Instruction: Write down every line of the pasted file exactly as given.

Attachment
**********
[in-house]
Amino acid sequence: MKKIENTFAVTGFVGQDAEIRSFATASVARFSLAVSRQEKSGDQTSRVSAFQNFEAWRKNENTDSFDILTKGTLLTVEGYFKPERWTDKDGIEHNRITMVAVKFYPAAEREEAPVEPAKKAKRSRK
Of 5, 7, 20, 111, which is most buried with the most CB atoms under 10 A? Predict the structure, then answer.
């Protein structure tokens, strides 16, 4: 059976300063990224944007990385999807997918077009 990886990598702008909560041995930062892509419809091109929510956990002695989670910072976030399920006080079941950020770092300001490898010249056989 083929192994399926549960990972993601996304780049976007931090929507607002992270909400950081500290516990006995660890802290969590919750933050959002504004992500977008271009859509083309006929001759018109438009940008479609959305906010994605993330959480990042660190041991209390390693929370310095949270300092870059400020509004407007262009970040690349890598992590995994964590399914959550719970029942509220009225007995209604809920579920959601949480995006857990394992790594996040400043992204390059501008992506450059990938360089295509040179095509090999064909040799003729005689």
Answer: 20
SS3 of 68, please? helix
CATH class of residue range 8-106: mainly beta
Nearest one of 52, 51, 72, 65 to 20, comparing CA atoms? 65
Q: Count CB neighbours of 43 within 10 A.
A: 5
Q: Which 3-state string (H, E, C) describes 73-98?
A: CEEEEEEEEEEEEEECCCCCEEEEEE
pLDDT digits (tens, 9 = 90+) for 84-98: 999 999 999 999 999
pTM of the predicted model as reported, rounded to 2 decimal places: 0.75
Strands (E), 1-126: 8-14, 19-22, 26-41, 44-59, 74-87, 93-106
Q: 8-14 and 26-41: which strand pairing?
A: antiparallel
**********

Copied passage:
[in-house]
Amino acid sequence: MKKIENTFAVTGFVGQDAEIRSFATASVARFSLAVSRQEKSGDQTSRVSAFQNFEAWRKNENTDSFDILTKGTLLTVEGYFKPERWTDKDGIEHNRITMVAVKFYPAAEREEAPVEPAKKAKRSRK
Of 5, 7, 20, 111, which is most buried with the most CB atoms under 10 A? Predict the structure, then answer.
């Protein structure tokens, strides 16, 4: 059976300063990224944007990385999807997918077009 990886990598702008909560041995930062892509419809091109929510956990002695989670910072976030399920006080079941950020770092300001490898010249056989 083929192994399926549960990972993601996304780049976007931090929507607002992270909400950081500290516990006995660890802290969590919750933050959002504004992500977008271009859509083309006929001759018109438009940008479609959305906010994605993330959480990042660190041991209390390693929370310095949270300092870059400020509004407007262009970040690349890598992590995994964590399914959550719970029942509220009225007995209604809920579920959601949480995006857990394992790594996040400043992204390059501008992506450059990938360089295509040179095509090999064909040799003729005689």
Answer: 20
SS3 of 68, please? helix
CATH class of residue range 8-106: mainly beta
Nearest one of 52, 51, 72, 65 to 20, comparing CA atoms? 65
Q: Count CB neighbours of 43 within 10 A.
A: 5
Q: Which 3-state string (H, E, C) describes 73-98?
A: CEEEEEEEEEEEEEECCCCCEEEEEE
pLDDT digits (tens, 9 = 90+) for 84-98: 999 999 999 999 999
pTM of the predicted model as reported, rounded to 2 decimal places: 0.75
Strands (E), 1-126: 8-14, 19-22, 26-41, 44-59, 74-87, 93-106
Q: 8-14 and 26-41: which strand pairing?
A: antiparallel